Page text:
Brian Gladstone

Grow-op buster offered to landlords

A private security company under contract to the City of Chilliwack is offering landlords a service to detect marijuana grow-operations using a mobile heat-seeking device.

A private security company under contract to the City of Chilliwack is offering landlords a service to detect marijuana grow-operations using a mobile heat-seeking device.

Brian Goldstone, CEO at Griffin Investigation & Securities Ltd., said the service, the first of its kind that he is aware of, will be offered throughout the Fraser Valley, Lower Mainland and Greater Vancouver.

He said the $14,000 mobile FLIR (Forward Looking Infra Red camera) is not as powerful as those that can detect human bodies, so privacy should not be an issue.

“We’re not out there trying to see people in their homes or what they’re up to,” he said.

However, the unit can measure the “heat signature” of a rental property and detect the greater amount of heat required by a marijuana grow-operation.

The inspection would normally take place from the roadside, at night, without entering the property.

Goldstone said once a grow-op is indicated, the property owner can give the tenant two-weeks notice of a physical inspection of the rental unit.

A marijuana grower would then likely quickly dismantle the equipment.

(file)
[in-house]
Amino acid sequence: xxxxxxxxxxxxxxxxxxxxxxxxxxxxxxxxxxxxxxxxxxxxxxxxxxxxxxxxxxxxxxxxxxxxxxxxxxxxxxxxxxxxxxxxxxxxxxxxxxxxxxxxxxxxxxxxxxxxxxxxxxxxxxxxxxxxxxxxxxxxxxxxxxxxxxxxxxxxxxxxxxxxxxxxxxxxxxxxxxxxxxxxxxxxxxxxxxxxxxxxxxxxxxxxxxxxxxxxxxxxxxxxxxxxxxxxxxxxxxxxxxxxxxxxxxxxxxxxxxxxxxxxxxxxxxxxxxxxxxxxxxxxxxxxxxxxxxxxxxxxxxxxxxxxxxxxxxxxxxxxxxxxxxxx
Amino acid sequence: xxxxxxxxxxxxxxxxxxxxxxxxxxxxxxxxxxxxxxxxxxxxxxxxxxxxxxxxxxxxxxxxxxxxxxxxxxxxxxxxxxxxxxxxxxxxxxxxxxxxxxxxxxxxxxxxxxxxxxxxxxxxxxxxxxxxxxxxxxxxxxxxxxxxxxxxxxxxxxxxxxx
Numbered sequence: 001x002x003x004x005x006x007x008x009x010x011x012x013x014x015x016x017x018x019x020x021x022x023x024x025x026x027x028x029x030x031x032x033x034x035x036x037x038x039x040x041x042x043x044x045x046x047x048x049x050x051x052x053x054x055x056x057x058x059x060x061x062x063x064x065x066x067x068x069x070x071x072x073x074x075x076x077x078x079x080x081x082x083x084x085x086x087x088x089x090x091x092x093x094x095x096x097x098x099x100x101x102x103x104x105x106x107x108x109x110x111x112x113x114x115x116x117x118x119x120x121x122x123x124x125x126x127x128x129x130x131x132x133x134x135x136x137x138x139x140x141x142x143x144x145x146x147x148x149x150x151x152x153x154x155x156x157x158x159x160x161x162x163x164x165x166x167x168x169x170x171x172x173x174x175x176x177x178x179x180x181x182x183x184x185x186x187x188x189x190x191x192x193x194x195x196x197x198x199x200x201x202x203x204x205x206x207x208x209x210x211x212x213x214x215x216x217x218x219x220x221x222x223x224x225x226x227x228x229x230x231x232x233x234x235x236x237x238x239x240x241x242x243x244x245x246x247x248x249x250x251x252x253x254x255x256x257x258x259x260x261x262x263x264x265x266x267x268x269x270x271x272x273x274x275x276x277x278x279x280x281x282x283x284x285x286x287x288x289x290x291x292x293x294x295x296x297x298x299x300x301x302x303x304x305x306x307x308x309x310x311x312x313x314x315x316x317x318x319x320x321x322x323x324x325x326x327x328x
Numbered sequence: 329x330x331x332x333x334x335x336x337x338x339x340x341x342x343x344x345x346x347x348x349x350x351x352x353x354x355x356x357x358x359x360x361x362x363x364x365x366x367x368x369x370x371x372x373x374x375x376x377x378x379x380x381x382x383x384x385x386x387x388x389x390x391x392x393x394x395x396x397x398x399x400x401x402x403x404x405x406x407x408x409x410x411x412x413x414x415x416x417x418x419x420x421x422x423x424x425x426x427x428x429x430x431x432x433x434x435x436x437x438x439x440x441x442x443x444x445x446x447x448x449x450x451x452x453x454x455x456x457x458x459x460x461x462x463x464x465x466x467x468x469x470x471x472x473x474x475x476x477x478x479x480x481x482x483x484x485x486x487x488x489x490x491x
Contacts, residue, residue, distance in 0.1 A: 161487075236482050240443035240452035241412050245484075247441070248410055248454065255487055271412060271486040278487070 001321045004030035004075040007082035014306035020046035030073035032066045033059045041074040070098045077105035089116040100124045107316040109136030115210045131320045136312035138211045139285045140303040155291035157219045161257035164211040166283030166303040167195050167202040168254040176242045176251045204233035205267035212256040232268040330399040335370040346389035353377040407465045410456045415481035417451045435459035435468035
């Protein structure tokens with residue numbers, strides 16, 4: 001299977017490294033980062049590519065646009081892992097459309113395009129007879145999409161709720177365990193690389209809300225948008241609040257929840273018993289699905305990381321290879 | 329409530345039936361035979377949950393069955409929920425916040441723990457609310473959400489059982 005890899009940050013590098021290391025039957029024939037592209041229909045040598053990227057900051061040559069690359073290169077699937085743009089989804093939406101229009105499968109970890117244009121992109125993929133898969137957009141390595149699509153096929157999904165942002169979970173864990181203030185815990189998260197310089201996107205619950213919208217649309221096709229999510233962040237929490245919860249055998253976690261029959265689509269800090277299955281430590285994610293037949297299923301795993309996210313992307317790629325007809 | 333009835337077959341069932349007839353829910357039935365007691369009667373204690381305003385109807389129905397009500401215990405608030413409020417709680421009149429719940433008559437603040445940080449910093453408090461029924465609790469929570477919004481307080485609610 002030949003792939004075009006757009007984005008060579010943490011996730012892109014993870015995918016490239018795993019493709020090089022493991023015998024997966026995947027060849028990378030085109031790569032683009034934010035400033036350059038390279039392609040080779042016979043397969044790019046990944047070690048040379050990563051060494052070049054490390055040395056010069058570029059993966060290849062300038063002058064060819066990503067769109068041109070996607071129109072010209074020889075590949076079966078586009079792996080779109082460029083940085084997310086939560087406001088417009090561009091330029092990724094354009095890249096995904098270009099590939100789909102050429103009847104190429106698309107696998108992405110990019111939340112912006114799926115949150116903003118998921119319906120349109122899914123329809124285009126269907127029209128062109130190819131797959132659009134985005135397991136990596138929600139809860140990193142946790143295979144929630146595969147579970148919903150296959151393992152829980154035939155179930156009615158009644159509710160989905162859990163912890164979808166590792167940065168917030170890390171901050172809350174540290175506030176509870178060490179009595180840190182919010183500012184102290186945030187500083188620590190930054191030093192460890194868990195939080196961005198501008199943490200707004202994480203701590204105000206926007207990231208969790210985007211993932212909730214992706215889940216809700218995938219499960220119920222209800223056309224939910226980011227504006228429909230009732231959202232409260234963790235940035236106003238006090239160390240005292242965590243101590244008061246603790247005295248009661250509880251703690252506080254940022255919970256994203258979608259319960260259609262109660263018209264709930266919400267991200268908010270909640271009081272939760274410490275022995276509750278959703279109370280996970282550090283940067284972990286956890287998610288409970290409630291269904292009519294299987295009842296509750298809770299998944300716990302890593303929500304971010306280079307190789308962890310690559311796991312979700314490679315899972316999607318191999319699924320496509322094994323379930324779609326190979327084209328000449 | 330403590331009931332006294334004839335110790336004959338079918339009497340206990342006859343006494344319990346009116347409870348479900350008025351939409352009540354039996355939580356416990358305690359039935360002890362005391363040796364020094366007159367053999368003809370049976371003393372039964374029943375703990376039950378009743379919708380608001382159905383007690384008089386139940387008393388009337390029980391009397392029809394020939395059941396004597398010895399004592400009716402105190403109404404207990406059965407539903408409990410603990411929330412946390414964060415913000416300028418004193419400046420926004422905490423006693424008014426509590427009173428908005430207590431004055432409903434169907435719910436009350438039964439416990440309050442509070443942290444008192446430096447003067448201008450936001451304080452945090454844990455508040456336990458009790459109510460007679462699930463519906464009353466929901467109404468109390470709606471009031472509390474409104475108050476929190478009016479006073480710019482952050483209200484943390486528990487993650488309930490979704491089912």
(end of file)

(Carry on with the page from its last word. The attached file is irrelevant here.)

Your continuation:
“They’re not going to want their grow-op found,” he said.

Property owners who buy into the service will also be able to advise prospective tenants that FLIR inspections will take place on a monthly basis.

“The whole idea is to prevent (grow-ops),” Goldstone said. “I hope we never find one.”

The $75 fee for the monthly FLIR inspection is a small price to pay for the thousands of dollars in remedial work that landlords face when a rental property is used for a marijuana grow operation.

Goldstone, a retired police officer, said his company came up with the idea after doing some research and deciding it could be a money-maker for the company and at the same time help protect landlords from illegal marijuana growers.

“Landlords have no insurance to cover (the cleanup),” he said, which recently cost one Mission landlord $18,000.

Griffin recently won a security contract with the City of Chilliwack, but operates in several other Lower Mainland municipalities with a staff of over 100 and nine security vehicles.

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